Black vicar denied job at UK church because congregation are ‘white working class’

‘I was under the understanding that my race has nothing to do with my ability to minister,’ says Augustine Tanner-Ihm

Kate Ng
Wednesday 17 June 2020 16:36
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Augustine Tanner-Ihm, 30, is a trainee vicar who received a rejection letter from a parish in southern England for a curacy role, stating that he might not feel comfortable ministering to a 'monochrome white working class' congregation
Augustine Tanner-Ihm, 30, is a trainee vicar who received a rejection letter from a parish in southern England for a curacy role, stating that he might not feel comfortable ministering to a 'monochrome white working class' congregation

A black trainee vicar received a rejection letter for a job in a Church of England (CoE) parish, with church bosses stating he would not be a “match” for the post as the congregation is “monochrome white working class”.

Augustine Tanner-Ihm, who is studying at Durham University, received the email in response to his application for a role as a curate at a church in southern England. It said despite his “obvious gifts”, it was not “worth pursuing a conversation” about his potential in the role.

Mr Tanner-Ihm received the email in February, but after CoE archbishops Justin Welby and John Sentamu released a statement condemning systemic racism and “the ongoing evil of white supremacy” in the US, he decided to publish it on Twitter.

He wrote: “Bishops make statements of #BlackLivesMatter this week, I’m still struck by this (letter) I received and many more from Diocesan Staff this year. Also, the 8 different dioceses that rejected me for a curacy.

“I guess not all black lives matter.”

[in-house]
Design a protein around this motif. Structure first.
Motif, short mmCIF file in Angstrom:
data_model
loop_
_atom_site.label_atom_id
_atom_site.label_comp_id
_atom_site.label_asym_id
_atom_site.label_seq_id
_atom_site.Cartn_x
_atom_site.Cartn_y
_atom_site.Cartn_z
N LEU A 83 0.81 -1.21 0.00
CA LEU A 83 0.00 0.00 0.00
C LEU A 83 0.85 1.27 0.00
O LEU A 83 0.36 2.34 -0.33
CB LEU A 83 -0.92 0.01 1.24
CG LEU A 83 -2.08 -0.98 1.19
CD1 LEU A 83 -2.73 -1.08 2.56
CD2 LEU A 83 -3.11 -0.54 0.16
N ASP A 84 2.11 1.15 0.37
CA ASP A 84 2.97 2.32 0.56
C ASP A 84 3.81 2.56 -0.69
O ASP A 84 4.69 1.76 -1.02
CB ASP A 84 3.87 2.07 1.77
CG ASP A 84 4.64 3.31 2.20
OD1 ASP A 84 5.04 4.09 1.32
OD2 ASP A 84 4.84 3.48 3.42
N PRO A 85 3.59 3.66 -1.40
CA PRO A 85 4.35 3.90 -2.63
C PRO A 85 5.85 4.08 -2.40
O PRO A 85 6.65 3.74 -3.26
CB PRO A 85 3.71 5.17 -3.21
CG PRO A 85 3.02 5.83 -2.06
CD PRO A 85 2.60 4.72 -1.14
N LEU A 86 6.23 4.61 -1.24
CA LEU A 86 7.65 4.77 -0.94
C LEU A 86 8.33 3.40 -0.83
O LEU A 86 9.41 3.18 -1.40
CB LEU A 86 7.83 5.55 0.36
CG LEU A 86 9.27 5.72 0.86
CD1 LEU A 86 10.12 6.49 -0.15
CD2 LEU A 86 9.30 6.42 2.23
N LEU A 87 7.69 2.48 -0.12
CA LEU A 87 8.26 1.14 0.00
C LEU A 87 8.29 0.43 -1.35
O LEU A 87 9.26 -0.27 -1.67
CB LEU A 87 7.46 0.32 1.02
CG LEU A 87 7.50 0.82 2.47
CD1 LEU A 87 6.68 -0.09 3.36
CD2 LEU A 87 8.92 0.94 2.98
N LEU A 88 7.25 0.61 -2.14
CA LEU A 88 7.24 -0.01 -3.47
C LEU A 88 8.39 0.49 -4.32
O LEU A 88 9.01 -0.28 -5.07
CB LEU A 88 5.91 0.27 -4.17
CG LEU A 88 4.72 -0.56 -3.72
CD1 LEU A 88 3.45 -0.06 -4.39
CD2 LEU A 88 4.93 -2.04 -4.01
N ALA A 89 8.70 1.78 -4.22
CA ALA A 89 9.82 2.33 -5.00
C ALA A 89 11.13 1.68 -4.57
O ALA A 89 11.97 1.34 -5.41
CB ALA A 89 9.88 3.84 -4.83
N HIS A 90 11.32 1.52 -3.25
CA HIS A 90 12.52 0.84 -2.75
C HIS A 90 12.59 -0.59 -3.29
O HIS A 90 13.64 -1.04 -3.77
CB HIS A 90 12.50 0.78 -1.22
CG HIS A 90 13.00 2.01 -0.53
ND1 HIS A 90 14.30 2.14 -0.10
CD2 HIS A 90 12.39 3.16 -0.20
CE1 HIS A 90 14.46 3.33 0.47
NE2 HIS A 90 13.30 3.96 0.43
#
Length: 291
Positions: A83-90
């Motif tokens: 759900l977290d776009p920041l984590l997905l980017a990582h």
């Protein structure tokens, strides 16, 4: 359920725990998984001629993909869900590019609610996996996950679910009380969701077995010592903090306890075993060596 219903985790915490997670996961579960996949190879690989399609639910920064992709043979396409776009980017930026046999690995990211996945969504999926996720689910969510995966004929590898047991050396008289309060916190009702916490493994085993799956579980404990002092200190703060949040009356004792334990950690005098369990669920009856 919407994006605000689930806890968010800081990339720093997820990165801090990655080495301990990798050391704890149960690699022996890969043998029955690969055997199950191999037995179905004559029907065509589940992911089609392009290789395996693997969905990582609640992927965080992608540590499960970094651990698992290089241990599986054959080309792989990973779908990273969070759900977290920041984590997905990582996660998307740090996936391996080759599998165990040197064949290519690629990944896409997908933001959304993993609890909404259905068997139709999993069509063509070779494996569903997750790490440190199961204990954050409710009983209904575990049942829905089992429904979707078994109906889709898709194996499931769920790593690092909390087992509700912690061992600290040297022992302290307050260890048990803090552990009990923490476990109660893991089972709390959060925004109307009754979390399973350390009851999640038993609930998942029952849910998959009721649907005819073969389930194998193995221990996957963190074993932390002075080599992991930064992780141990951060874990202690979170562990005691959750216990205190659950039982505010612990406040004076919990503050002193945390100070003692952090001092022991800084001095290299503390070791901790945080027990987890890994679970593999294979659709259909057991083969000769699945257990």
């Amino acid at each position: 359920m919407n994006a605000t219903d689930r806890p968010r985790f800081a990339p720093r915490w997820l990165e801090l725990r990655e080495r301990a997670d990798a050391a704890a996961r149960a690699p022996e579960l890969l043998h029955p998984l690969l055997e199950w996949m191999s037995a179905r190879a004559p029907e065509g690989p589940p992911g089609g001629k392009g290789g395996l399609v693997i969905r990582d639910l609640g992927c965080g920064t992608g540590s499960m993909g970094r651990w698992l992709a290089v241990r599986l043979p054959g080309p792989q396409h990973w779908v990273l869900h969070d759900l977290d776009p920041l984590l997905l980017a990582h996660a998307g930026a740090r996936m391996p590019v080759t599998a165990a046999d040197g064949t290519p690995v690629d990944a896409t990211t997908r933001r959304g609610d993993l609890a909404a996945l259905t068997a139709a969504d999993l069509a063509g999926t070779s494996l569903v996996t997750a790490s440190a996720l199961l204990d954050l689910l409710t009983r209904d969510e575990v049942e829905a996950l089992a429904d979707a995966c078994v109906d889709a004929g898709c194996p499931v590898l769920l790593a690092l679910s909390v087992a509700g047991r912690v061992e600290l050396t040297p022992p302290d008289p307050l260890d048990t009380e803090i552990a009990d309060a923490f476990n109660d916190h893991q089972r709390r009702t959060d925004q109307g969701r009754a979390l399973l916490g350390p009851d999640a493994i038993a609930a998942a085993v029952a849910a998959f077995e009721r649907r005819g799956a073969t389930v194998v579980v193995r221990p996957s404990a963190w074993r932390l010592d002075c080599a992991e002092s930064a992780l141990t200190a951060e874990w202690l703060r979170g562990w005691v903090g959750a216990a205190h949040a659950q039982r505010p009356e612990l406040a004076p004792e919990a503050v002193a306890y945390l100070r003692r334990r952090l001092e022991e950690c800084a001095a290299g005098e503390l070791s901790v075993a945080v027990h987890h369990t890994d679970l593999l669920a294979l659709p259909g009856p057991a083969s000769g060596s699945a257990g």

The CoE responded to Mr Tanner-Ihm’s tweet, saying: “We take very seriously any allegation that a curacy post was denied on the grounds of ethnicity. This letter is plainly unacceptable and we’re looking into this urgently.”

Mr Tanner-Ihm, 30, told the BBC his reaction to the letter “was pain, deep pain”.

“As an African-American man from Chicago, with parents and grandparents who lived during the civil rights movement, I was under the understanding that my race has nothing to do with my ability to minister.

“I think the church has institutional issues with [racism],” he said.

Several days after Mr Tanner-Ihm posted the email, the archbishop of Canterbury tweeted that the Church “has failed” in the UK “and still does”.

In a video, Mr Welby did not refer to the email, but said: “I’m struck by the events of the last few days again and again and again, and I’ve been listening to those who have been talking about it from within their own experience of injustice as people of colour in this country.

“It’s horrifying. And yet, I’m aware too that the church has its own failures and I come back to the fact that in the New Testament, Jesus says be angry about injustice repent of injustice – that means go the other way, take action against injustice.

“How that action is taken will vary from time to time and place to place, but it must never involve the creation of more injustice by seeking to damage other people. But I feel within me, again today, a great call of Jesus that we are as a church to set our own acts in order and who acknowledge our own historic errors and failings.”

CoE director of ministry, the Rt Reverend Chris Goldsmith, said: “We take very seriously any allegation that a curacy post, or any other position, may have been denied to someone on the grounds of their ethnic heritage.

“We have also established that the diocese concerned has recognised its failure in this and sent a written apology to Mr Tanner-Ihm.

“We fully recognise that the Church of England has a lot more work to do to become a place where our leadership is representative of the rich heritages of all the people of England.”

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